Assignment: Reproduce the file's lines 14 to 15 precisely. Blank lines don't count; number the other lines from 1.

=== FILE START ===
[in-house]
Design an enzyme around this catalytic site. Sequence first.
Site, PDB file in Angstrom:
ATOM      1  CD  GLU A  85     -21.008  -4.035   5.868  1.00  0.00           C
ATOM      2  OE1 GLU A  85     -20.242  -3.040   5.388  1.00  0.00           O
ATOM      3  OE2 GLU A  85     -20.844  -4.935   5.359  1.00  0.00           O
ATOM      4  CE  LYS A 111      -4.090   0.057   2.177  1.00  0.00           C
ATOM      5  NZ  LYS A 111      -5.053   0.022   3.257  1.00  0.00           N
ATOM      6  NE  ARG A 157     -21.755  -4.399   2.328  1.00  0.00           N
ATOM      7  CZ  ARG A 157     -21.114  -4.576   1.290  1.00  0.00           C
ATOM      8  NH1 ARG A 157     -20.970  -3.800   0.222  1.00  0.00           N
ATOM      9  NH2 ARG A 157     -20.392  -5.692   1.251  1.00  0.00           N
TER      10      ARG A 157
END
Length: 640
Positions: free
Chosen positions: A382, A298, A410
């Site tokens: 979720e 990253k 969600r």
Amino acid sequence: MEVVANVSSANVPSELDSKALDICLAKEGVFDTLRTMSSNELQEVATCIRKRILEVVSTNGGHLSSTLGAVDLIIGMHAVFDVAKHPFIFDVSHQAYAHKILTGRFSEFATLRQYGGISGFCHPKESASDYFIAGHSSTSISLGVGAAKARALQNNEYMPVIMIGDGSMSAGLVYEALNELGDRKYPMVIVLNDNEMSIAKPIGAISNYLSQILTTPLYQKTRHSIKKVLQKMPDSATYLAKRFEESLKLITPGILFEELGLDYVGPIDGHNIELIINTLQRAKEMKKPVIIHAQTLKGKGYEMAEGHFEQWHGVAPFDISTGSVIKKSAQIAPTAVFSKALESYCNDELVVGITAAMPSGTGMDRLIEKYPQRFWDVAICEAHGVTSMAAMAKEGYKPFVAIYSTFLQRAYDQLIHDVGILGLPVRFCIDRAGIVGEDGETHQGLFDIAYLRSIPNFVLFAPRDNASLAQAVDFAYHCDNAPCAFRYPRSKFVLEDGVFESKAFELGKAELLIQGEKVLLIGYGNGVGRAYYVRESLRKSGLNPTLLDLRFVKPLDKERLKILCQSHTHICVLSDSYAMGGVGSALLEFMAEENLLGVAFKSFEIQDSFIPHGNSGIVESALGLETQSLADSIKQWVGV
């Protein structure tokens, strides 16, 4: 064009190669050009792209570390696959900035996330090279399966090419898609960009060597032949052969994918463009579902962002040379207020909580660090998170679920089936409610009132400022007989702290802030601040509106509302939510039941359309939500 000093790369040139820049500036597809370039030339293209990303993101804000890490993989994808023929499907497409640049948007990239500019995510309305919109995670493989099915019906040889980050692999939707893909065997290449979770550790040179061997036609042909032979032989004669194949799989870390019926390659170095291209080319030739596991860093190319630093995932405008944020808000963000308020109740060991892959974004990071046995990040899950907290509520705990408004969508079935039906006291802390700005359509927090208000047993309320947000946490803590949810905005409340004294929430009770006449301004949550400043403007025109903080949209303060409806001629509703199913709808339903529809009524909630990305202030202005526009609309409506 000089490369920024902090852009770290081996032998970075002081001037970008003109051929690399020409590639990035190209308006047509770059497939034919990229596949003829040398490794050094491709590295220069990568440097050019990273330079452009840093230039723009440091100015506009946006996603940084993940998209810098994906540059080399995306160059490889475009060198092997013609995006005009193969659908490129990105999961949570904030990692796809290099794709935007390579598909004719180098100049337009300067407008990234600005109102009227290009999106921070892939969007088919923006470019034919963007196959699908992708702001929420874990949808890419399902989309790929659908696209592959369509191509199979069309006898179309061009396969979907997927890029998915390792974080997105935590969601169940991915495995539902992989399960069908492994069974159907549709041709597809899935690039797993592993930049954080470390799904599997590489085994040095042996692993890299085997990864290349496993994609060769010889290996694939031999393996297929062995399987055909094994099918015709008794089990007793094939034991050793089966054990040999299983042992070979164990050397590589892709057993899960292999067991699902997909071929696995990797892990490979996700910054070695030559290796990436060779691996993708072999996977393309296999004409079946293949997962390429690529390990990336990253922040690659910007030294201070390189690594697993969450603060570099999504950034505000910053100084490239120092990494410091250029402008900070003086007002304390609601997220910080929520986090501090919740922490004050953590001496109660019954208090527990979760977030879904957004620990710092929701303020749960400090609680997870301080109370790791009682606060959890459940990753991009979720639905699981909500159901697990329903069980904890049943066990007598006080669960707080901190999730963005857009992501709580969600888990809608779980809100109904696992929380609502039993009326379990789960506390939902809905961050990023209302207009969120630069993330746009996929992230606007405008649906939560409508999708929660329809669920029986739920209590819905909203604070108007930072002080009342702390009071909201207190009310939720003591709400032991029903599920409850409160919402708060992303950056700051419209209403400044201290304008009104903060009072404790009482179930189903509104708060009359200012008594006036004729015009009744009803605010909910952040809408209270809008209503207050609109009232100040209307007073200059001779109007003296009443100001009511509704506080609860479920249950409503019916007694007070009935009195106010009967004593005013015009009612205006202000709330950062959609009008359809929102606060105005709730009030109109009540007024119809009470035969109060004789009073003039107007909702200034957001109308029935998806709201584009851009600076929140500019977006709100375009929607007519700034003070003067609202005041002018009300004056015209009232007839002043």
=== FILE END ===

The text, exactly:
END
Length: 640